The Pentagon must prevent its mounting climate casualties

The Inflation Reduction Act — recently passed by Congress and off to the president’s desk for his signature — includes important climate provisions. I’m pleased with the bill’s clean energy tax credits for consumers, businesses and residents, but (as I told Bloomberg Television’s “Balance of Power”) I want to see more in the bill to improve near-term weather prediction as a critical component of climate adaptation. Although not included in this bill —because of my military background, in my view it’s important to also consider how the U.S. Department of Defense (DOD) should prepare for a changing climate.

I’ve written about this before, pointing out that the DOD’s Climate Adaptation Plan lacks focus on key operational capabilities to adapt to climate change, such as better weather and ocean data, decision support analytics, and situational awareness tools. I’ve also addressed similar shortfalls in the Navy’s Climate Action 2030 Strategy, as well as the missed opportunities in the first national climate adaptation communication issued after the 2021 UN climate conference COP26.

Now, the Pentagon is seeing the damage that can be done by its devaluation of weather considerations in their climate concepts and plans. Beginning in March, when a Marine Corps MV-22B Osprey aircraft crashed in Norway killing four Marines, the DOD has seen a rash of weather-related mishaps costing millions of dollars and several lives. These included damage to 10 Navy helicopters from a thunderstorm near Norfolk, loss of a Navy jet when it was blown overboard from an aircraft carrier in the Mediterranean, as well as the tragic death of three Army soldiers and injury of 12 others in separate incidents in Georgia involving a lightning strike and a thunderstorm that blew over a tree.

Worst of all, every one of these climate casualties was preventable. I’ve written in several venues that private industry is making rapid advances in collecting weather and ocean data, predicting future change, as well as communicating the insights and impacts for a wide range of businesses, governments and user groups.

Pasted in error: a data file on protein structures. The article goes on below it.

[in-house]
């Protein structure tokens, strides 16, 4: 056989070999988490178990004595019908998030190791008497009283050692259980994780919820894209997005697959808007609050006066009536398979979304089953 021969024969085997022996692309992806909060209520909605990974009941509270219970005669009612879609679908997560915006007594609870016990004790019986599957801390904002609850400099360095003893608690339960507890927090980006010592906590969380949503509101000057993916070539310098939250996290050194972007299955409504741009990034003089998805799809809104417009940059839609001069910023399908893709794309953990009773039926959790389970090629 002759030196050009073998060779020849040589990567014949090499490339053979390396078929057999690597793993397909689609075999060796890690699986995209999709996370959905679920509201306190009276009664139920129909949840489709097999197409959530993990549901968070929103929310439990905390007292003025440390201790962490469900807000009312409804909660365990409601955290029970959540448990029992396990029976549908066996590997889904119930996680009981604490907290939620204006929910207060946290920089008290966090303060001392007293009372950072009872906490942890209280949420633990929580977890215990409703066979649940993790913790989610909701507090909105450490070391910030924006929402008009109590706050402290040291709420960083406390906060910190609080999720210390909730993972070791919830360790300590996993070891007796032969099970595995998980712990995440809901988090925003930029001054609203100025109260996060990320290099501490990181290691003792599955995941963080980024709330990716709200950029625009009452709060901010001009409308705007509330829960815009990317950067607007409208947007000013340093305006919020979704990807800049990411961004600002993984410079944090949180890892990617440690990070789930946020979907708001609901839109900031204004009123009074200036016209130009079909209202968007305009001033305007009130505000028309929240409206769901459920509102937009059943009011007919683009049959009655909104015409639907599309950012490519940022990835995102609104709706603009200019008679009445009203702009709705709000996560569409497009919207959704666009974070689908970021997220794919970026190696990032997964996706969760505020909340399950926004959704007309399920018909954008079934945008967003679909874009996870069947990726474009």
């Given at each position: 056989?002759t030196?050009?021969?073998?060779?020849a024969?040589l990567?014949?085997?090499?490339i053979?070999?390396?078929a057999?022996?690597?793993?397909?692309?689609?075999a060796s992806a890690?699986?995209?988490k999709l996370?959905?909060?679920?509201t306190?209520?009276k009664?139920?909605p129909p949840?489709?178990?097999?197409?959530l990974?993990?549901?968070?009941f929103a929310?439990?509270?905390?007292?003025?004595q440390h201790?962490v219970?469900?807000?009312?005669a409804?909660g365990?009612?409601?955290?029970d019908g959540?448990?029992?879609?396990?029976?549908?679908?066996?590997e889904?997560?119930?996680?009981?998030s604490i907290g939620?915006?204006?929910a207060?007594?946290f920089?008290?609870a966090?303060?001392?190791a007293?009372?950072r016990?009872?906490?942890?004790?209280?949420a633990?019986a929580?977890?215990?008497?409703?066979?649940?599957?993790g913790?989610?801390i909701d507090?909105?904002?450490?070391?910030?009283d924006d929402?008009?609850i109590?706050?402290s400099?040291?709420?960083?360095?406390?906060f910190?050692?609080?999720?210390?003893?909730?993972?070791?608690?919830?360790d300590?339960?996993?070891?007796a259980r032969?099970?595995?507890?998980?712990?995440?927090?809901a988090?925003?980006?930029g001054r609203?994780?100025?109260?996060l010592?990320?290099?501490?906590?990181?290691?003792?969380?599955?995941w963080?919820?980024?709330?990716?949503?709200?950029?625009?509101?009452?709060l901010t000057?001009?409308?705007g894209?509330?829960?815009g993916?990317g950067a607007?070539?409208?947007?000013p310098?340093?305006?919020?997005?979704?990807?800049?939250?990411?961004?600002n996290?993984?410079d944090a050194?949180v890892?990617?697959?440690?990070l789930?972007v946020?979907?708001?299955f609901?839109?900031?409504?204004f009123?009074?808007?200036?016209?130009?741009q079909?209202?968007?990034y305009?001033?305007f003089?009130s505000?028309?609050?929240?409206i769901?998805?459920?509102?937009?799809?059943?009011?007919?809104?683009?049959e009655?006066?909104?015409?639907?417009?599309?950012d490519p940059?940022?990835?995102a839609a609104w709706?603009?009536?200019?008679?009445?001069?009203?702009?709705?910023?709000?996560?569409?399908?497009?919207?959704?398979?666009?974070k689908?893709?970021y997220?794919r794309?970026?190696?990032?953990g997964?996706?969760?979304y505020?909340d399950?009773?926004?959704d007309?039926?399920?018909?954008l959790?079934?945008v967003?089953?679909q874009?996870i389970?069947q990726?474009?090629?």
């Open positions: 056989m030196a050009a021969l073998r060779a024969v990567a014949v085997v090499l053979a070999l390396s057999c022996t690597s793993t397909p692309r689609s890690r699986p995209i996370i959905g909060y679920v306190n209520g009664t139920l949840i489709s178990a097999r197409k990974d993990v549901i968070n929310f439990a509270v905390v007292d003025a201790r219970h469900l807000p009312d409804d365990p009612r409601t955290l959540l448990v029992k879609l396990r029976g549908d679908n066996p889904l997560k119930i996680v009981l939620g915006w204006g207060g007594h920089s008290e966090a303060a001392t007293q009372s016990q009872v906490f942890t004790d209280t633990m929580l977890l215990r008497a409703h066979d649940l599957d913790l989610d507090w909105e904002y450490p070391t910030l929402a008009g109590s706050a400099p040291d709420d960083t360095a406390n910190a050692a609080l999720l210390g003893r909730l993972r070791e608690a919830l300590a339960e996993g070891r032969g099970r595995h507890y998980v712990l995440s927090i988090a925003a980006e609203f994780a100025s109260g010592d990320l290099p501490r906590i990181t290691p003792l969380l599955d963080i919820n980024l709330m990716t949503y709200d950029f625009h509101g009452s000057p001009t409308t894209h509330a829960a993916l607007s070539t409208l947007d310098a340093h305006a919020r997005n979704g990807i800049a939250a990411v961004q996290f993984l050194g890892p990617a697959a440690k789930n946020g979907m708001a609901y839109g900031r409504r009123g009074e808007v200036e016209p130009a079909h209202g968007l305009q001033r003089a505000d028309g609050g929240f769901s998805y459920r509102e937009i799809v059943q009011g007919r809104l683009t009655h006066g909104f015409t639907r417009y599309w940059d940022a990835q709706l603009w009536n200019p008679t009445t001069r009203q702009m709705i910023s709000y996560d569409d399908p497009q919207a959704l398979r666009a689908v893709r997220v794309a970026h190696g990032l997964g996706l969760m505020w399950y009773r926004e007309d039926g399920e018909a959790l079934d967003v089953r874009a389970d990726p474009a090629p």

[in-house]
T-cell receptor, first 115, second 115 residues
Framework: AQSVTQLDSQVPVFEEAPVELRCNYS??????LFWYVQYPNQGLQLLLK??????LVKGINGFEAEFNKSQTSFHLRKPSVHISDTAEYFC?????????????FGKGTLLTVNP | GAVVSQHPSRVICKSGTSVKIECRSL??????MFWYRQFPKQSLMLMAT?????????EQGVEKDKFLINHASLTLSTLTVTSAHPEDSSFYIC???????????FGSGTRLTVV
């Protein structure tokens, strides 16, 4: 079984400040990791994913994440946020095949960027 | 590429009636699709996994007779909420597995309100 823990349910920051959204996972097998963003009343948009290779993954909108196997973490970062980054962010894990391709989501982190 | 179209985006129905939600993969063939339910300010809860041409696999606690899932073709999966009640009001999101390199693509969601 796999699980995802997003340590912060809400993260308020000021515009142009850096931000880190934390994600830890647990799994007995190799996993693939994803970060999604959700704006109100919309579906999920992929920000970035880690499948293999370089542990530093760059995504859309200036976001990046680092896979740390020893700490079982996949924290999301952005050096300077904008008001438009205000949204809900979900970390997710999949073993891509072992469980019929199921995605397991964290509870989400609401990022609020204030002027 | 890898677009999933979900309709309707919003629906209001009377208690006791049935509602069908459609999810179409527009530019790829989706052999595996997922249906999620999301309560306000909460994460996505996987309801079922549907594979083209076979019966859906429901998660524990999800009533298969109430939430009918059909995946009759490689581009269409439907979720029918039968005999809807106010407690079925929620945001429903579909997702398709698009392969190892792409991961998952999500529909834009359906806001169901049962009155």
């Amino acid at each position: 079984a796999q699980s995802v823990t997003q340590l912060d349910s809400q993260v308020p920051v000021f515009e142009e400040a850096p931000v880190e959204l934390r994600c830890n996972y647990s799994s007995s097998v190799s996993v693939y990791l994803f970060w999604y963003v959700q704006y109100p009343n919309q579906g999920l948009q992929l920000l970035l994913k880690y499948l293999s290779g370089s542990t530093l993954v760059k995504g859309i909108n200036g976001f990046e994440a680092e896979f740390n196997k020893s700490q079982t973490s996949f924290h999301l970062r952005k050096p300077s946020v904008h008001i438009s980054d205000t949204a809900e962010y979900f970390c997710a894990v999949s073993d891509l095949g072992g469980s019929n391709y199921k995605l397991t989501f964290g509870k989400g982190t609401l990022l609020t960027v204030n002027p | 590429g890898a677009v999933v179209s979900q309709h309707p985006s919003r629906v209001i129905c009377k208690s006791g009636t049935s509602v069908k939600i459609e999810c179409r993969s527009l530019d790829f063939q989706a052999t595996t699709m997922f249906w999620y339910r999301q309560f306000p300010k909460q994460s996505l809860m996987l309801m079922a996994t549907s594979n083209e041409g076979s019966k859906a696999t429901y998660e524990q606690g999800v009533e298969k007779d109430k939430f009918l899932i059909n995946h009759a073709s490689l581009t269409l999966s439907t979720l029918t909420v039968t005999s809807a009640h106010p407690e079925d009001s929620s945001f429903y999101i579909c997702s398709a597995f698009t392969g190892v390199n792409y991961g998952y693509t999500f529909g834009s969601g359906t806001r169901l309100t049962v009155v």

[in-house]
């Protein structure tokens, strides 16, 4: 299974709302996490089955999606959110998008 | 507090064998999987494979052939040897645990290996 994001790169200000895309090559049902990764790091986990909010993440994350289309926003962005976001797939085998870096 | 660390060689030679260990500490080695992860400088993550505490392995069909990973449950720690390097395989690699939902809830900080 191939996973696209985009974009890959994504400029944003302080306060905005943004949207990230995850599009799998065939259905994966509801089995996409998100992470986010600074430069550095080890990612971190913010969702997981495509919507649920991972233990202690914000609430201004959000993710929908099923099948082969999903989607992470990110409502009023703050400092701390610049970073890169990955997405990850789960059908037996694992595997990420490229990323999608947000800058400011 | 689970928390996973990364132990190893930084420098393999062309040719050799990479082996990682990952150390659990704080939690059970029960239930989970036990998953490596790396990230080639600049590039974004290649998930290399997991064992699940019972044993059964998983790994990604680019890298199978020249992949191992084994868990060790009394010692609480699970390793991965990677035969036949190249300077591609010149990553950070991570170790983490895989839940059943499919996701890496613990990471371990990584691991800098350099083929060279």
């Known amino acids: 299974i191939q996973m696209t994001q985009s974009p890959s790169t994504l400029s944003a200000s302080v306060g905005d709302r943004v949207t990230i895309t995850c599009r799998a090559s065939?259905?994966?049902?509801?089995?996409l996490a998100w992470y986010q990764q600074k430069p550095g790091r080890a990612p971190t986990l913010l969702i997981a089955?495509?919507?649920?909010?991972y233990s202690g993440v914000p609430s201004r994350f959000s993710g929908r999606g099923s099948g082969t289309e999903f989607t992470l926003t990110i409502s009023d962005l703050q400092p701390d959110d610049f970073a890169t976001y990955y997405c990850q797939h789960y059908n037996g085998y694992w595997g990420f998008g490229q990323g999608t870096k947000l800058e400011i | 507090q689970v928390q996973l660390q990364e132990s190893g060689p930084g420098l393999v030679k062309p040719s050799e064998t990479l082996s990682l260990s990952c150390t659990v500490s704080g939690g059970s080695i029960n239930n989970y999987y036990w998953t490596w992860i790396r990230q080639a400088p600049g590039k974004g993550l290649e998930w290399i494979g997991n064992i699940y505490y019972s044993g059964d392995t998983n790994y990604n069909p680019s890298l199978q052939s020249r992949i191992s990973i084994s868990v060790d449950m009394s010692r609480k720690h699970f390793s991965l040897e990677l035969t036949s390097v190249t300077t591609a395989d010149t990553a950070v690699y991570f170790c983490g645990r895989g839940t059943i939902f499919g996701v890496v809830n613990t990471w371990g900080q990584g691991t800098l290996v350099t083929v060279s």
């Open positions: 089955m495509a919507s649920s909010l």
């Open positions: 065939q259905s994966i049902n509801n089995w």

The Biden administration has prided itself in the extensive body of work it has facilitated with Congress on climate policy and action. But it overlooks the most basic element of the Earth’s climate system — the daily weather that affects the safety, productivity and effectiveness of every citizen and service member alike.

Over the course of my 32-year career in the U.S. military, I learned first-hand that our asymmetric advantage against any adversary lies not in cutting-edge technology or overwhelming firepower. Rather, our superiority stems directly from the quality and character of the United States sailor, soldier, airman, marine and coast guardsman. Yet, our all-volunteer force is at a breaking point, reflected in record-high suicide rates, poor recruiting and a growing mental health crisis. Both figuratively and literally, we need to give our troops the tools they need to weather whatever storms they face today and into the future.

Rear Admiral (ret.) Tim Gallaudet is the former deputy administrator at the National Oceanic and Atmospheric Administration (NOAA) and assistant secretary of Commerce for Oceans and Atmosphere. Prior to NOAA, he served for 32 years as an oceanographer in the U.S. Navy completing his career as the commander of the Navy Meteorology and Oceanography Command and director of the Navy’s Task Force Climate Change.

Tags Climate change Global warming Military National security Tim Gallaudet

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